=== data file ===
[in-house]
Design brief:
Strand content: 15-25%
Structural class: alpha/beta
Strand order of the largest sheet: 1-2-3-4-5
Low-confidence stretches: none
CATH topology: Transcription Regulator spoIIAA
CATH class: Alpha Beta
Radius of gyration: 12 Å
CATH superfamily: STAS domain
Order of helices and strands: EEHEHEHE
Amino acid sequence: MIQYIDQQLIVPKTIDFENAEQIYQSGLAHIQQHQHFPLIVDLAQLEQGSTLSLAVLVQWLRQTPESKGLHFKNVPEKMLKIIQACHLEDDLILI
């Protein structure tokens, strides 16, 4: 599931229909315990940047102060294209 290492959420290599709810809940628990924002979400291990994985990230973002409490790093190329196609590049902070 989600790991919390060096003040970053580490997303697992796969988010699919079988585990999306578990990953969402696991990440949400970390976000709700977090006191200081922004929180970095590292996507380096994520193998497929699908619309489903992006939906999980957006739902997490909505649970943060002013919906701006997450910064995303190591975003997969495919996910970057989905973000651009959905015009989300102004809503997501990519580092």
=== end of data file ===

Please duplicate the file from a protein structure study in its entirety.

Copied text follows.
[in-house]
Design brief:
Strand content: 15-25%
Structural class: alpha/beta
Strand order of the largest sheet: 1-2-3-4-5
Low-confidence stretches: none
CATH topology: Transcription Regulator spoIIAA
CATH class: Alpha Beta
Radius of gyration: 12 Å
CATH superfamily: STAS domain
Order of helices and strands: EEHEHEHE
Amino acid sequence: MIQYIDQQLIVPKTIDFENAEQIYQSGLAHIQQHQHFPLIVDLAQLEQGSTLSLAVLVQWLRQTPESKGLHFKNVPEKMLKIIQACHLEDDLILI
């Protein structure tokens, strides 16, 4: 599931229909315990940047102060294209 290492959420290599709810809940628990924002979400291990994985990230973002409490790093190329196609590049902070 989600790991919390060096003040970053580490997303697992796969988010699919079988585990999306578990990953969402696991990440949400970390976000709700977090006191200081922004929180970095590292996507380096994520193998497929699908619309489903992006939906999980957006739902997490909505649970943060002013919906701006997450910064995303190591975003997969495919996910970057989905973000651009959905015009989300102004809503997501990519580092």